By Katarina Fiorentino, B.H.S. Communication Sciences and Disorders ’21
Albert Daley II is an occupational therapist at UF Health with extensive experience in general medicine, pediatrics and intermediate care units. He received a Master of Occupational Therapy degree from the UF College of Public Health and Health Professions in 2017, and a Bachelor of Exercise Science and Health Promotion from Florida Atlantic University in 2014. He enjoys running, exploring nature trails and visiting all of Florida’s beach towns.
Daley shares insights about his career journey, working in the field of occupational therapy and memories from his time as a student at UF.
Why did you choose to pursue a career in occupational therapy?
My father was an occupational therapist, so I got to learn about the field from a very young age. I wanted to help people, and I remember thinking that this is a profession where people have gone through some sort of change, and our whole job is to let them know we are going to do our best to get them back to independence and back to whatever it is that brings their life joy. Whatever it is they need to do to live their life to the fullest, we’re going to help them get back there. As time went on, I saw that although occupational therapy is one profession, there are so many different routes you can take it in, whether you’re talking about acute care (where I work), a rehab facility, outpatient, schools, etc. There are so many different ways you can take this career, and I knew one of those would be a good fit for me.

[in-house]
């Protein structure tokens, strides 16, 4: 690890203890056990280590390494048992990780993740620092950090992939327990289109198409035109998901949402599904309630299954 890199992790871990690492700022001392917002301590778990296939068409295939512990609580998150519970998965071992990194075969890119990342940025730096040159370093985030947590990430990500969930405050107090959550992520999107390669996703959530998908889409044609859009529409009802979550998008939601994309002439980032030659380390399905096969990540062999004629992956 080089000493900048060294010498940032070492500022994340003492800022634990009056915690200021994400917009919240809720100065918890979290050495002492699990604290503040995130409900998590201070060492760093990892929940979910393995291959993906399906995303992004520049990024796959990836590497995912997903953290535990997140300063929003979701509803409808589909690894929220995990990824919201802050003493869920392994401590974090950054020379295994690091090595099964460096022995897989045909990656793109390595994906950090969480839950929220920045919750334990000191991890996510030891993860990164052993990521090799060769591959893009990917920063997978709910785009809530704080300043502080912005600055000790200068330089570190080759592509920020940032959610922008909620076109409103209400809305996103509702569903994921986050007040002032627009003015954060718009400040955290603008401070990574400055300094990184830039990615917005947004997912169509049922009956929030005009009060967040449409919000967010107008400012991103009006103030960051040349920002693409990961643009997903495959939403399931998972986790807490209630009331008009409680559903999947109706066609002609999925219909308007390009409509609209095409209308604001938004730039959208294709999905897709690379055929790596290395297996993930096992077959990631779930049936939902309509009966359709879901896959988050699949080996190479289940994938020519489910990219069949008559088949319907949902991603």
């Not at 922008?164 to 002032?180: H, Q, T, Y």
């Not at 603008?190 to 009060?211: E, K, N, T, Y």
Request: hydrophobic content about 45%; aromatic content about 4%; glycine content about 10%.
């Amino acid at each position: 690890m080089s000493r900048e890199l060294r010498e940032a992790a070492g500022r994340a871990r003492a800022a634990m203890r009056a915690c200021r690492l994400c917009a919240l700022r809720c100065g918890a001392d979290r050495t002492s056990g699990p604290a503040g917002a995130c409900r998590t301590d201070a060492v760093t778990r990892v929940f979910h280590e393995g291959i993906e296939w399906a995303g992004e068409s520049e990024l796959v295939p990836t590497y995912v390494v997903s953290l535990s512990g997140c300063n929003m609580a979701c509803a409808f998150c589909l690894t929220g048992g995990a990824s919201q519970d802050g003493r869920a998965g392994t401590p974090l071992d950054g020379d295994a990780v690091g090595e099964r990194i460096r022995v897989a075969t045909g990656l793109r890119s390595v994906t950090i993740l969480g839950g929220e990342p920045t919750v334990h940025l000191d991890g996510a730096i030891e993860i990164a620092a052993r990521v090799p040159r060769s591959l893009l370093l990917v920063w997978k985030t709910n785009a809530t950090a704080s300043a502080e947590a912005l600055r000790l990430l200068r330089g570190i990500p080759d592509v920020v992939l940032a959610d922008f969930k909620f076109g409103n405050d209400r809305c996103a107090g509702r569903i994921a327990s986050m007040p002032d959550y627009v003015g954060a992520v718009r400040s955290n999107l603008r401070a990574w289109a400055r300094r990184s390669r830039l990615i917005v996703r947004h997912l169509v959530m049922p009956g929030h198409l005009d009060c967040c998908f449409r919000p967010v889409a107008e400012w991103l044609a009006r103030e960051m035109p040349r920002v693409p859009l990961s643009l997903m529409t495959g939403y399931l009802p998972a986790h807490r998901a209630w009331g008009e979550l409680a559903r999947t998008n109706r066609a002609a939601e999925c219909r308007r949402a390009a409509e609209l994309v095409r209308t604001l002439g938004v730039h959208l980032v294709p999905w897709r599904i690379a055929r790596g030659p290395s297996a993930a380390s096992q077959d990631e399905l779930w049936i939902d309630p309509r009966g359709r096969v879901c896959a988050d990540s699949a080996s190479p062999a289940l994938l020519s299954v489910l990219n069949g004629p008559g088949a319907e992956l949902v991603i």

What has your career path looked like during your fieldwork experiences and since your graduation as an OTR?
My first fieldwork was at Orlando Regional Medical Center in acute care on the orthopedics floor. Then I did a specialty here at UF Health Shands in pediatrics, both general pediatrics and with ICU patients, so I got to see a lot of cool things with that fieldwork. My third internship was at Orlando Health’s outpatient brain injury center. I am currently one of the staff occupational therapists at UF Health, and I started out mainly on general medicine units. If a patient gets readmitted, then they are on our list, so we get a wide range of diagnoses and patients, including those with orthopedic, gastrointestinal, neuro and cardiovascular needs. I love working at UF Health and in Gainesville.
After my internship in outpatient, I realized that I need a little faster pace, and that’s why I like acute care. Every second something is changing, and you have to work with the full interdisciplinary team. I can go from talking to a case manager to a doctor to a nurse all in a matter of 30 minutes. It’s a quick pace that keeps you on your toes. There’s always a new problem popping out. Because I did my internship at UF Health in pediatrics, I can float to pediatrics and help that floor. I also go to some of the intermediate care units as well. There’s something about being up and moving constantly, different populations even inside of our one hospital that keeps it really interesting. It keeps your skills fresh to have a wide variety of populations to work with.
What does your day-to-day look like and what is your favorite aspect of your job?